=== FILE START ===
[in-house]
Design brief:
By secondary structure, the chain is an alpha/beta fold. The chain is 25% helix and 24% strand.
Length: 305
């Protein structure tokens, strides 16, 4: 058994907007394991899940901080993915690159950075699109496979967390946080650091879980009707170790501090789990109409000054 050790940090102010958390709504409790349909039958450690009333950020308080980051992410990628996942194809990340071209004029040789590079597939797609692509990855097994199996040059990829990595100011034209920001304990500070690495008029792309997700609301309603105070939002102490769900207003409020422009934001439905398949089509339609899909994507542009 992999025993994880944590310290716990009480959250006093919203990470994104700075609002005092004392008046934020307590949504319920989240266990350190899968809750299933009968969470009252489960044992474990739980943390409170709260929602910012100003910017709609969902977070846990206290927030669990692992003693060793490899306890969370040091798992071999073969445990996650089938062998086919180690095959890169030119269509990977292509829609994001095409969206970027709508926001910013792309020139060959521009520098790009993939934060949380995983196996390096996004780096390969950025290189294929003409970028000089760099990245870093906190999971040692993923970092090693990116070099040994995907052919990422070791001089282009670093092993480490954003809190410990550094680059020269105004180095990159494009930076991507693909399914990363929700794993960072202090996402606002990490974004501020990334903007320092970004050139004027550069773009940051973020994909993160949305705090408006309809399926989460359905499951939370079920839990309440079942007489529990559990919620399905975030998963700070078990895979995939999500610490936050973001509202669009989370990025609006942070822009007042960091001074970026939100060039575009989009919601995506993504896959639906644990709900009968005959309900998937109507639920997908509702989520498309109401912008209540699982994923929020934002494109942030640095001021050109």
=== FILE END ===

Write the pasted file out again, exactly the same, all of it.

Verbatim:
[in-house]
Design brief:
By secondary structure, the chain is an alpha/beta fold. The chain is 25% helix and 24% strand.
Length: 305
């Protein structure tokens, strides 16, 4: 058994907007394991899940901080993915690159950075699109496979967390946080650091879980009707170790501090789990109409000054 050790940090102010958390709504409790349909039958450690009333950020308080980051992410990628996942194809990340071209004029040789590079597939797609692509990855097994199996040059990829990595100011034209920001304990500070690495008029792309997700609301309603105070939002102490769900207003409020422009934001439905398949089509339609899909994507542009 992999025993994880944590310290716990009480959250006093919203990470994104700075609002005092004392008046934020307590949504319920989240266990350190899968809750299933009968969470009252489960044992474990739980943390409170709260929602910012100003910017709609969902977070846990206290927030669990692992003693060793490899306890969370040091798992071999073969445990996650089938062998086919180690095959890169030119269509990977292509829609994001095409969206970027709508926001910013792309020139060959521009520098790009993939934060949380995983196996390096996004780096390969950025290189294929003409970028000089760099990245870093906190999971040692993923970092090693990116070099040994995907052919990422070791001089282009670093092993480490954003809190410990550094680059020269105004180095990159494009930076991507693909399914990363929700794993960072202090996402606002990490974004501020990334903007320092970004050139004027550069773009940051973020994909993160949305705090408006309809399926989460359905499951939370079920839990309440079942007489529990559990919620399905975030998963700070078990895979995939999500610490936050973001509202669009989370990025609006942070822009007042960091001074970026939100060039575009989009919601995506993504896959639906644990709900009968005959309900998937109507639920997908509702989520498309109401912008209540699982994923929020934002494109942030640095001021050109």